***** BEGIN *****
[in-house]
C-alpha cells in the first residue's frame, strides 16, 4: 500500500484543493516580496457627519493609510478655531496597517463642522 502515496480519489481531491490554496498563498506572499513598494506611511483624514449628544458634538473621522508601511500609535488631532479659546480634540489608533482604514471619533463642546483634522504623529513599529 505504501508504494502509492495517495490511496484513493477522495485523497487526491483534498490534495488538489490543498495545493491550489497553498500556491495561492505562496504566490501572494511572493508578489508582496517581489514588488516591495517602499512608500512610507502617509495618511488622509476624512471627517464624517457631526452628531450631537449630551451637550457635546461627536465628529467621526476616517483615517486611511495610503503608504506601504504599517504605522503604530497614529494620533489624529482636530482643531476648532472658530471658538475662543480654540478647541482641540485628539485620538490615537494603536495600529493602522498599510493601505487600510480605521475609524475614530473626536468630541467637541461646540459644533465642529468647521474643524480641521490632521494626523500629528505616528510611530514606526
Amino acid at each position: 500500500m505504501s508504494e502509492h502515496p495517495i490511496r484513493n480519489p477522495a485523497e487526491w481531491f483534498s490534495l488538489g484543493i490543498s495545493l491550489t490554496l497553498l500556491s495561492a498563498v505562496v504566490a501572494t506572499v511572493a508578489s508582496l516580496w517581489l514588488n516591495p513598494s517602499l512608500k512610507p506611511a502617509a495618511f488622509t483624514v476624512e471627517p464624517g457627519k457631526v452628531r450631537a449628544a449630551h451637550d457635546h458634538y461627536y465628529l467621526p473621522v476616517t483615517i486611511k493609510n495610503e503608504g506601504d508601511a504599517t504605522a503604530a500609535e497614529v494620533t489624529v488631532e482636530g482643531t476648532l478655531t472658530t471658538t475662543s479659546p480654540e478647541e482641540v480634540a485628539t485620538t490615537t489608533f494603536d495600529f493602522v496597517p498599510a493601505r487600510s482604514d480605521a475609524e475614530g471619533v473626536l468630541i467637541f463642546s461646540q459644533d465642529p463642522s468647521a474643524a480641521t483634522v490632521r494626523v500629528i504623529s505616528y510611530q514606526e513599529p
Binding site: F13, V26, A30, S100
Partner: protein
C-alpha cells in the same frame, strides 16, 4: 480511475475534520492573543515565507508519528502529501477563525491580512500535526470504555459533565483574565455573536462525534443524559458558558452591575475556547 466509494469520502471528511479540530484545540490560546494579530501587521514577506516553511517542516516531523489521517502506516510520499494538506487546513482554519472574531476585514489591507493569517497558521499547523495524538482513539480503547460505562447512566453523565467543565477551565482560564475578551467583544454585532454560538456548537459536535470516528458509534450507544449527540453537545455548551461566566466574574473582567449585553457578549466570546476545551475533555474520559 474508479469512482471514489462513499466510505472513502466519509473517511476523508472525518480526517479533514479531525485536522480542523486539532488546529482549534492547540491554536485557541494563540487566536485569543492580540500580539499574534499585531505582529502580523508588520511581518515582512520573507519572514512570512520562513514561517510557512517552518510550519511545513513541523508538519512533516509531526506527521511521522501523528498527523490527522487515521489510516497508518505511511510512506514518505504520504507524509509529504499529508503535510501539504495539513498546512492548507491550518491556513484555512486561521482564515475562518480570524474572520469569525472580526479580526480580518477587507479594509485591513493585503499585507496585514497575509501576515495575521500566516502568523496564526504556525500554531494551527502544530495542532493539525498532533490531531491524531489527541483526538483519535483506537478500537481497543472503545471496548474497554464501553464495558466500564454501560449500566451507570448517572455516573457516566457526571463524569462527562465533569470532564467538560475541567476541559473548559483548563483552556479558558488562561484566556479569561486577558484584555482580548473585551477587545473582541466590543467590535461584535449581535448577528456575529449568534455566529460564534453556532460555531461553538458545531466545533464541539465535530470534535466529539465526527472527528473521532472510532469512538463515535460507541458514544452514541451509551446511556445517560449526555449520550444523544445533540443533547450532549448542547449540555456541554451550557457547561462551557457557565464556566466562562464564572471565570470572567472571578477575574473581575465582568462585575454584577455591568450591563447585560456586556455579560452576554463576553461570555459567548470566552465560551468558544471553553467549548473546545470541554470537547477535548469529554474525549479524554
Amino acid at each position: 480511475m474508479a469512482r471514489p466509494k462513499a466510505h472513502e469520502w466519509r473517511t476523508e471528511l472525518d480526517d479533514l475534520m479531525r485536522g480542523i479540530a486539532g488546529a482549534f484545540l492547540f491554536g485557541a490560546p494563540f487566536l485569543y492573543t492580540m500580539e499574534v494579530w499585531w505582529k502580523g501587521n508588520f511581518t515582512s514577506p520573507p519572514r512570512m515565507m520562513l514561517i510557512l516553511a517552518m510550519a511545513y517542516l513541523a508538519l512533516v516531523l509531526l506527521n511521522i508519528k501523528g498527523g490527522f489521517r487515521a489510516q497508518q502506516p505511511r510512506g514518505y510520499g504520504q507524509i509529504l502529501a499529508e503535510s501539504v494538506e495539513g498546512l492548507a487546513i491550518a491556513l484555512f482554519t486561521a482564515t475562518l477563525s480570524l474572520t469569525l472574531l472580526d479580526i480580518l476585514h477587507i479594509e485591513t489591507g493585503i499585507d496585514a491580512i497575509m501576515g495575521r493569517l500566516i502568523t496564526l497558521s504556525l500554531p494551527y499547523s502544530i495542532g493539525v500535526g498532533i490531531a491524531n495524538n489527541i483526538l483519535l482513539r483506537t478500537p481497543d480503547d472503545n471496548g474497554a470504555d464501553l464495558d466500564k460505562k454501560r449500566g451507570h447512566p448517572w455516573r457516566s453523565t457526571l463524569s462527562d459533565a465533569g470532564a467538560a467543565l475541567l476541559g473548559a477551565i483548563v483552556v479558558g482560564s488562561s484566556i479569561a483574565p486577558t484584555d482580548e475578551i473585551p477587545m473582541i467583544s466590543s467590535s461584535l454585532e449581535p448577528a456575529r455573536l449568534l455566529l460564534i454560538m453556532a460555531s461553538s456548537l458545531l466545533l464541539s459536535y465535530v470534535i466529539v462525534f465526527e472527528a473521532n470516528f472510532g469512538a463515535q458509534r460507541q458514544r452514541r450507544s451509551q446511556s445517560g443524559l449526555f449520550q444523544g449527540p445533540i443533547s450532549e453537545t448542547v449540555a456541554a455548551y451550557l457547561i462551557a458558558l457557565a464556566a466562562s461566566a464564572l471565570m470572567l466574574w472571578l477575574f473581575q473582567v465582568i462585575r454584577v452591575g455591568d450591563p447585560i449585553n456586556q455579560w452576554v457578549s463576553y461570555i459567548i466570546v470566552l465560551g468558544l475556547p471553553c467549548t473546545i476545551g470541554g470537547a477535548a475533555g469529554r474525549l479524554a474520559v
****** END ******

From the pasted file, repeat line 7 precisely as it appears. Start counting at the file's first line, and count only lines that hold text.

Amino acid at each position: 480511475m474508479a469512482r471514489p466509494k462513499a466510505h472513502e469520502w466519509r473517511t476523508e471528511l472525518d480526517d479533514l475534520m479531525r485536522g480542523i479540530a486539532g488546529a482549534f484545540l492547540f491554536g485557541a490560546p494563540f487566536l485569543y492573543t492580540m500580539e499574534v494579530w499585531w505582529k502580523g501587521n508588520f511581518t515582512s514577506p520573507p519572514r512570512m515565507m520562513l514561517i510557512l516553511a517552518m510550519a511545513y517542516l513541523a508538519l512533516v516531523l509531526l506527521n511521522i508519528k501523528g498527523g490527522f489521517r487515521a489510516q497508518q502506516p505511511r510512506g514518505y510520499g504520504q507524509i509529504l502529501a499529508e503535510s501539504v494538506e495539513g498546512l492548507a487546513i491550518a491556513l484555512f482554519t486561521a482564515t475562518l477563525s480570524l474572520t469569525l472574531l472580526d479580526i480580518l476585514h477587507i479594509e485591513t489591507g493585503i499585507d496585514a491580512i497575509m501576515g495575521r493569517l500566516i502568523t496564526l497558521s504556525l500554531p494551527y499547523s502544530i495542532g493539525v500535526g498532533i490531531a491524531n495524538n489527541i483526538l483519535l482513539r483506537t478500537p481497543d480503547d472503545n471496548g474497554a470504555d464501553l464495558d466500564k460505562k454501560r449500566g451507570h447512566p448517572w455516573r457516566s453523565t457526571l463524569s462527562d459533565a465533569g470532564a467538560a467543565l475541567l476541559g473548559a477551565i483548563v483552556v479558558g482560564s488562561s484566556i479569561a483574565p486577558t484584555d482580548e475578551i473585551p477587545m473582541i467583544s466590543s467590535s461584535l454585532e449581535p448577528a456575529r455573536l449568534l455566529l460564534i454560538m453556532a460555531s461553538s456548537l458545531l466545533l464541539s459536535y465535530v470534535i466529539v462525534f465526527e472527528a473521532n470516528f472510532g469512538a463515535q458509534r460507541q458514544r452514541r450507544s451509551q446511556s445517560g443524559l449526555f449520550q444523544g449527540p445533540i443533547s450532549e453537545t448542547v449540555a456541554a455548551y451550557l457547561i462551557a458558558l457557565a464556566a466562562s461566566a464564572l471565570m470572567l466574574w472571578l477575574f473581575q473582567v465582568i462585575r454584577v452591575g455591568d450591563p447585560i449585553n456586556q455579560w452576554v457578549s463576553y461570555i459567548i466570546v470566552l465560551g468558544l475556547p471553553c467549548t473546545i476545551g470541554g470537547a477535548a475533555g469529554r474525549l479524554a474520559v